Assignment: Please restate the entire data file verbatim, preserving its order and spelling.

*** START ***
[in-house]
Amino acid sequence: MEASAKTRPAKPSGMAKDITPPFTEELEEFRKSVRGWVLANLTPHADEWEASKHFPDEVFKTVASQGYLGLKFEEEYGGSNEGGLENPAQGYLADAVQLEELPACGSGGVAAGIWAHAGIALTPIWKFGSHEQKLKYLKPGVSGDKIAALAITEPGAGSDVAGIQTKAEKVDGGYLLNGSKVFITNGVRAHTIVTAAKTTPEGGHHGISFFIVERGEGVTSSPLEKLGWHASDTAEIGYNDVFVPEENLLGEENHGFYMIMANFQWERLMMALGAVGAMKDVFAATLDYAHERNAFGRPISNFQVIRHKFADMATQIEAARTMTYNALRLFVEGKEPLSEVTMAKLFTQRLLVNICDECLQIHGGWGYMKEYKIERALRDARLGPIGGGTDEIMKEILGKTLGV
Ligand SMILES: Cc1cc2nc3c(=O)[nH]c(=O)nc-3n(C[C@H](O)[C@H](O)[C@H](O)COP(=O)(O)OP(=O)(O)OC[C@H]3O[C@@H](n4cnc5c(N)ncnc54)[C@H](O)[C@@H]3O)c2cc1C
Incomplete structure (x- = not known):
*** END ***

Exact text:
[in-house]
Amino acid sequence: MEASAKTRPAKPSGMAKDITPPFTEELEEFRKSVRGWVLANLTPHADEWEASKHFPDEVFKTVASQGYLGLKFEEEYGGSNEGGLENPAQGYLADAVQLEELPACGSGGVAAGIWAHAGIALTPIWKFGSHEQKLKYLKPGVSGDKIAALAITEPGAGSDVAGIQTKAEKVDGGYLLNGSKVFITNGVRAHTIVTAAKTTPEGGHHGISFFIVERGEGVTSSPLEKLGWHASDTAEIGYNDVFVPEENLLGEENHGFYMIMANFQWERLMMALGAVGAMKDVFAATLDYAHERNAFGRPISNFQVIRHKFADMATQIEAARTMTYNALRLFVEGKEPLSEVTMAKLFTQRLLVNICDECLQIHGGWGYMKEYKIERALRDARLGPIGGGTDEIMKEILGKTLGV
Ligand SMILES: Cc1cc2nc3c(=O)[nH]c(=O)nc-3n(C[C@H](O)[C@H](O)[C@H](O)COP(=O)(O)OP(=O)(O)OC[C@H]3O[C@@H](n4cnc5c(N)ncnc54)[C@H](O)[C@@H]3O)c2cc1C
Incomplete structure (x- = not known):